Friday, 27 July 2012

Talking Heads: 77

I never get accused of being overly romantic, but there are certain objects and pieces of music that I feel a fond attachment to because they remind me of people, places and good times. One such object (and piece of music) is the Talking Heads debut album 'Talking Heads: 77'. I was buying this album when I first met my wife.

It was at radio station 4ZZZ's market day in the mid 1990s. We were both playing in bands that day and were introduced by my friend Cass. My wife's going to kill me for saying this, but she was wearing a summery dress, long socks, short hair and her trademark impenetrable-yet-eternally-unimpressed gaze. I'm sure there might have been other girls around at the time who would have easily fallen under the spell of my ample charms, but I found the challenge of impressing Edwina irresistible.

It is now some 17 years later and I still don't think I've managed it. I was watching an interview with Nick Cave recently and he was asked what kept him writing music. Nick replied that he was constantly trying to impress Mick Harvey. Maybe I would lose all motivation if I managed to impress Edwina.

Some may say that 'Talking Heads: 77' isn't a particularly romantic album - especially with it's most famous single being 'Psycho Killer', but most of the songs do deal with relationships even if it's with inanimate objects such as 'The Book I Read' or the building where you are going to live in 'Don't Worry about The Government'.

There are, however, a lot of the songs which are specifically about human relationships even if they might have cynical overtones; such as the jaunty album opener 'Uh-Oh,  Love Comes to Town', the militaristic sounding 'Tentative Decisions' or the tense and neurotic 'Who is it?' The album does finish on a high note, though, with the simple but effective 'Pulled Up' which is about rising above despair because somebody has faith in you... If that song isn't a perfect summation of new love then I don't know what is!

Beyond the music, however, there is an air of cautiousness between the musicians. As this was their debut album, Talking Heads were still developing their relationships as well. The chemistry between the band members is undeniable and you can sense the excitement and the feeling of possibilities that the band can explore. I like this early period of the band for this reason and find it more interesting than their 'Stop Making Sense' period where Talking Heads are overshadowed by too many session men which makes it seem like more of a 'Las Vegas' version of the band.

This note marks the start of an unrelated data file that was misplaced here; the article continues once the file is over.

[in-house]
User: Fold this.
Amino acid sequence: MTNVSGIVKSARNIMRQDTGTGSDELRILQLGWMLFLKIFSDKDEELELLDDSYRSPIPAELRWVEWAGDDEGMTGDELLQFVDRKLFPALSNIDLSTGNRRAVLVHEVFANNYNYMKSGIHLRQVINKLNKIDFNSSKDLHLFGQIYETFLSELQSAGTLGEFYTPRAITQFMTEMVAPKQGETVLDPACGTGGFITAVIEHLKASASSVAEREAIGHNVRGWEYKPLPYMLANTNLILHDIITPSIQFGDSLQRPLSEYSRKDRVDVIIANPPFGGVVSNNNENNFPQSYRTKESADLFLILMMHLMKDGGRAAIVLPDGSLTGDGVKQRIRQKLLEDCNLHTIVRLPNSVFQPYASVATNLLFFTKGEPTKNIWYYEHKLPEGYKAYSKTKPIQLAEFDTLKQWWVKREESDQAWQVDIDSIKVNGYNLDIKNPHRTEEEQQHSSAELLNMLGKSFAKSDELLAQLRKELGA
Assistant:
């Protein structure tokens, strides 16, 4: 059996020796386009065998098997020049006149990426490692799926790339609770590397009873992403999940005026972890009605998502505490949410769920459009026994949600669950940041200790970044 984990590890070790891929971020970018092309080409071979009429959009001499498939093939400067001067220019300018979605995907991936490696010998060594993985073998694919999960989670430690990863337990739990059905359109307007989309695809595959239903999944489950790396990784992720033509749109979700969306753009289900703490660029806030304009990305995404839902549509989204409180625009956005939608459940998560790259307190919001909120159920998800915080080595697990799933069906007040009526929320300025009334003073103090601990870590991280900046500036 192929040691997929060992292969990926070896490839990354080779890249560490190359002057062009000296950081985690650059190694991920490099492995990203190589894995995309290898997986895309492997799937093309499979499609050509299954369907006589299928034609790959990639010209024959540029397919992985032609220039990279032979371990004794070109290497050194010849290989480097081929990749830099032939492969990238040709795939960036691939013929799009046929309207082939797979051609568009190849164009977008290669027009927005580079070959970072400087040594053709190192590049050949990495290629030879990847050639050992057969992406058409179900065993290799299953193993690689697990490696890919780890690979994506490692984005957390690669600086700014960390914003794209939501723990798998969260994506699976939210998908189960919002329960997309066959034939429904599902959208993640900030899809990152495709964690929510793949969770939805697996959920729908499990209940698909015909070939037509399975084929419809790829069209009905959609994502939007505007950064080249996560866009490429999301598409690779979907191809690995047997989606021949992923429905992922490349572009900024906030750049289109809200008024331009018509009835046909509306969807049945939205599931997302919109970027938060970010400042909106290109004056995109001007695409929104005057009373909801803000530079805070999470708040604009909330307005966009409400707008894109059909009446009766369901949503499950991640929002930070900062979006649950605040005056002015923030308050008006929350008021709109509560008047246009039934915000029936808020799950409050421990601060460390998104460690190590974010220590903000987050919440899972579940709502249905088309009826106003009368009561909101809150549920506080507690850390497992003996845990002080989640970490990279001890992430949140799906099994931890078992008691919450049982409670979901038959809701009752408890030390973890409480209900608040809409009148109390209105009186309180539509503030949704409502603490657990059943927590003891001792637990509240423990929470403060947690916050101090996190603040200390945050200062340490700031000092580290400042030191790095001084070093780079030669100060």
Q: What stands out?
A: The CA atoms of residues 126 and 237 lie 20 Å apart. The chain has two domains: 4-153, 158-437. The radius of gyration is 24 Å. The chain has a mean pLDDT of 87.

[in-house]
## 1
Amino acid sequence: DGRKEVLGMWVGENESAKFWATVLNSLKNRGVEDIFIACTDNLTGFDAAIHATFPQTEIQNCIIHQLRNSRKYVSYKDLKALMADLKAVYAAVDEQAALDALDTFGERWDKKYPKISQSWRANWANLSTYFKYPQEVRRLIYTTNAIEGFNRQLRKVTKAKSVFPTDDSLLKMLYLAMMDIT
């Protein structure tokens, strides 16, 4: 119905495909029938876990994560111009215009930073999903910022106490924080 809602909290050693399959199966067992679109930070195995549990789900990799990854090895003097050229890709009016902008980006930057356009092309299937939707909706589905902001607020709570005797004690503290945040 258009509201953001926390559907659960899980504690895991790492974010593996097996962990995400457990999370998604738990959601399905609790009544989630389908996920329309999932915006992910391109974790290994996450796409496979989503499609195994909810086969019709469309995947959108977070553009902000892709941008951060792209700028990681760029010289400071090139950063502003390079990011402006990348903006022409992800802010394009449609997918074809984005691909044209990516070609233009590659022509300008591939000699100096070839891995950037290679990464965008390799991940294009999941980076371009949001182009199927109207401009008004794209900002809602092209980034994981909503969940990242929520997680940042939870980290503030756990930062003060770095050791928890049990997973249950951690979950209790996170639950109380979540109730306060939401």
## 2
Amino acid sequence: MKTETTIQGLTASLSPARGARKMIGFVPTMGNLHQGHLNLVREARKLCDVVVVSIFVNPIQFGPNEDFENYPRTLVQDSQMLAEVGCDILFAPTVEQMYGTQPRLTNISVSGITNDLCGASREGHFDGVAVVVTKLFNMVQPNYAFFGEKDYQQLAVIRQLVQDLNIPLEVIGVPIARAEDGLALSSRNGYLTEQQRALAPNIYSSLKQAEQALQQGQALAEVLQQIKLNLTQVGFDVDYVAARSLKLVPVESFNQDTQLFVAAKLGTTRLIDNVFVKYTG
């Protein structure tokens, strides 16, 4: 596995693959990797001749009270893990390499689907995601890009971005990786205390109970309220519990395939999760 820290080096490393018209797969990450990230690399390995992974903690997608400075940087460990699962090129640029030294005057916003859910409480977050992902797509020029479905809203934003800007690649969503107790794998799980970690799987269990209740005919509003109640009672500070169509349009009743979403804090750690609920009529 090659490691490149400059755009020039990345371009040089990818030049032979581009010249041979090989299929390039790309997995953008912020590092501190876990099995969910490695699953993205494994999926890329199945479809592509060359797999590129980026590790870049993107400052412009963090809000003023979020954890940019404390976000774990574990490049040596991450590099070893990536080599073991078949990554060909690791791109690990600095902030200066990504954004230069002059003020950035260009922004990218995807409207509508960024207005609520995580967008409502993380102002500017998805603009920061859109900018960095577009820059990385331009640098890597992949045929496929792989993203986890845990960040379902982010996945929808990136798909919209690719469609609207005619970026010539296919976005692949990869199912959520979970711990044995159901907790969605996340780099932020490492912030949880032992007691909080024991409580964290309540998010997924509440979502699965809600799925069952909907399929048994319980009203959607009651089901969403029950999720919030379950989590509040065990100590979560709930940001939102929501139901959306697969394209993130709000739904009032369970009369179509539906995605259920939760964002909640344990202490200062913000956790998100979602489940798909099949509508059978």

I recently purchased the excellent 'Chronology' DVD by Talking Heads which has some very early footage of the band performing, as well as some TV appearances. The band always seem very shy and guarded in TV interviews but on one occasion bassist Tina Weymouth uncharacteristically and candidly said she hoped the band would go down in rock history. You can sense this pull between this caution and ambition on 'Talking Heads: 77'.

If you don't think 'Talking Heads: 77' is an analogy for young love then I probably shouldn't mention where I invited Edwina to on our first date. I was obsessed with this band from Logan City in Brisbane called Just Bitchin' who had just released a debut EP called 'I Like to Fart'... It was terrible! When I look at the EP now it seems like the whole thing was just a front for some sort of drug-ring as the inside cover had contact details underneath a bowl of chopped-up marijuana. The half baked songs mainly concerned running away from the cops.

Edwina politely declined my invitation to attend one of their concerts - but it was an important test for a young relationship - 'How much of my puerile sense of humour are you willing to take?' It seems Just Bitchin' was a step too far, but at least Edwina found the invitation amusing. I, myself, wisely did not attend the concert either.

Considering that Just Bitchin' is the other option for our relationship album, I think slow-dancing to Psycho Killer by Talking Heads on our next anniversary doesn't seem like such a strange idea after all.


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